Re: XML/DocBook for newbies

Subject: Re: XML/DocBook for newbies
From: Cindy Loiselle <loiselle -at- cs -dot- umass -dot- edu>
To: "TECHWR-L" <techwr-l -at- lists -dot- techwr-l -dot- com>
Date: Tue, 16 Aug 2005 11:57:05 -0400

On Aug 15, 2005, at 12:05 PM, Paul Moloney wrote:

I just came here to ask about a good guide
to DocBook, having been disappointed by
the site. I tried the Definitive Guide, but it has
major problems.
Chapter 4 talks about publishing, but only mentions
stylesheets. There's nothing practical here about how
I actually do it.

To get a feel for the process of creating documents using DocBook, I
found it helpful to walk through the example presented in the article
"Creating an Online Help System with JavaHelp and DocBook"
( This
article walks you through getting all the tools, creating a sample
DocBook document, and processing the file to create JavaHelp. It gives
you a feel for the tools and the process of converting a document; I
recommend it even if you're not ultimately interested in JavaHelp. By
now there are newer versions of some of the tools listed in this
article--I think you'd probably be fine with the newest version of the
XSL stylesheets (now 1.69.1), but stick to Saxon 6.5.3.

If you decide to make the plunge, here are some questions and issues
you need to consider:

First, what output formats are you targeting? I convert DocBook to
HTML and PDF, so my answers deal with those outputs. You may need
different tools if you're targeting different formats.

The next decision is whether you want to use XSL or DSSSL
stylesheets. I went with XSL because the DocBook XSL stylesheets are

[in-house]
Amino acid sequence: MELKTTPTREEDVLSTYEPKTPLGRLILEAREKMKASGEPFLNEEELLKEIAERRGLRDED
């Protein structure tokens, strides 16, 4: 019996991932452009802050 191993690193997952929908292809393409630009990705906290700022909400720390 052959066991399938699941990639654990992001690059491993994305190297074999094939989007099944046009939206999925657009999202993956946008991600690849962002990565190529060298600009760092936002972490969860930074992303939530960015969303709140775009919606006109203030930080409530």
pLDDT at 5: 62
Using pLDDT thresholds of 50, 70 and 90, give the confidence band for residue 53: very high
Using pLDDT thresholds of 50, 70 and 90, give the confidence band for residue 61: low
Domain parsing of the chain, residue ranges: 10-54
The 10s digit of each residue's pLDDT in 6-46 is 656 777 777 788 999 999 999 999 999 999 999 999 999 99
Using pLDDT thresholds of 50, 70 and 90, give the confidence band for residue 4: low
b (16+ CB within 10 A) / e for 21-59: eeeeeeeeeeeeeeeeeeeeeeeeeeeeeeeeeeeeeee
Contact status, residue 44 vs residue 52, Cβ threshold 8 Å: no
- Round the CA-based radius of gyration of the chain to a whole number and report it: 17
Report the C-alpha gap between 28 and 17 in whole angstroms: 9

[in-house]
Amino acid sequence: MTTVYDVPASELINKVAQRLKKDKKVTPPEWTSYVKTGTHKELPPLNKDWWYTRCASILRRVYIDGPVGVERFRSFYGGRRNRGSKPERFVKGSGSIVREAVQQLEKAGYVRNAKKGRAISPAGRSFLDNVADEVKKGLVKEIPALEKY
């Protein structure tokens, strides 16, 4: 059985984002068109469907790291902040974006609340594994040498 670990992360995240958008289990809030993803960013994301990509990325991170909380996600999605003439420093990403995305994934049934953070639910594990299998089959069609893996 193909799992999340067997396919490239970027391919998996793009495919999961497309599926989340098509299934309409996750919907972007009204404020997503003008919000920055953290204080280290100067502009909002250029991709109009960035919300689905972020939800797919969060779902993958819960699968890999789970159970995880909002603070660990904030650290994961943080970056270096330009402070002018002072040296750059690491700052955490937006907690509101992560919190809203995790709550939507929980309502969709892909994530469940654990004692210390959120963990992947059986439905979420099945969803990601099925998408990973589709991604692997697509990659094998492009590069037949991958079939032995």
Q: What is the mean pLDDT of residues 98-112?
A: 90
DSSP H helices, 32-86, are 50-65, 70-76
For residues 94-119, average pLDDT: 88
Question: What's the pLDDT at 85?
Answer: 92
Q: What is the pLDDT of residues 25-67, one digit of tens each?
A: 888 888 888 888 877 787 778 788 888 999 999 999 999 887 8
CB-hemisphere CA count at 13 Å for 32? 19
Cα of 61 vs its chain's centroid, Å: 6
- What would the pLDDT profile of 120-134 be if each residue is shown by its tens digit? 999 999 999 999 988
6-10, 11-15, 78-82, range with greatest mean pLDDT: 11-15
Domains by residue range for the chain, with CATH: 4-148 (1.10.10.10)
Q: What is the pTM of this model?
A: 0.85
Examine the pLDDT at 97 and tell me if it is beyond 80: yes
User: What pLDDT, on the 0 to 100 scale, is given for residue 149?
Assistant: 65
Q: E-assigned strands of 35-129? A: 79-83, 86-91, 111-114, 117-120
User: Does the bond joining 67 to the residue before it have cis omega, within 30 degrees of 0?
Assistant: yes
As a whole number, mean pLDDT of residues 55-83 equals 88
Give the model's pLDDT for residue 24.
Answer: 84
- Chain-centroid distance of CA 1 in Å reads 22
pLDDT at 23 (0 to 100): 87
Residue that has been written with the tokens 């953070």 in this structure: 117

still being actively maintained and developed, whereas I've been
reading that DSSSL is pretty much a dead end these days (but there's
still a sizable DSSSL user community). Check out the output formats
for the DocBook XSL stylesheets to see if they'll meet your needs.
(The example in the article noted above uses XSL.)

If you choose to go with XSL, you absolutely must read Bob Stayton's
excellent and indispensable "DocBook XSL: The Complete Guide." It covers
everything from choosing and installing tools to customizing the
stylesheets. It's available online at index.html,
as an e-book from, and in
hardcopy from the usual sources (make sure you're getting the 3rd

Assuming you're not using DSSSL, you need an XSLT processor, and if
you're converting to PDF, an XSL-FO processor. The DocBook XSL Guide
discusses different options for these tools. The most commonly used
open source XSL-FO processor is FOP (
but the current stable release (0.20.5) doesn't implement all of
XSL-FO yet. However a new release with improved functionality
is in the works, with a release planned by the end of the year. (This
is an all-volunteer project, so take that into account before relying
too heavily on this schedule.) There are also several commercial
XSL-FO processors available, ranging greatly in price and
functionality. The DocBook XSL Guide and a few web searches should
provide you with guidance on XSLT and XSL-FO processors.

Finally, you need to choose an authoring tool. You can, of course,
just type text in any editor, but you'll probably want some automatic
help with the tags, such as enforcing DTD compliance. I'm used to
dealing with markup directly so I went with PSGML for emacs. There
are also many WYSIWYG authoring tools, some of which have free
versions. Again, a web search should be helpful here; it looks like
"DocBook authoring tools" turns up many useful links.

"DocBook: The Definitive Guide" is designed to tell you about the tags
and it's extremely useful for that. But chances are you'll end up
using a tool that won't let you create improper markup, so it becomes
less important as you get to know the tags you use most frequently.
I still use it occasionally as a reference.

Hope this helps,

Cynthia Loiselle
Knowledge Discovery Laboratory
Computer Science Dept., University of Massachusetts


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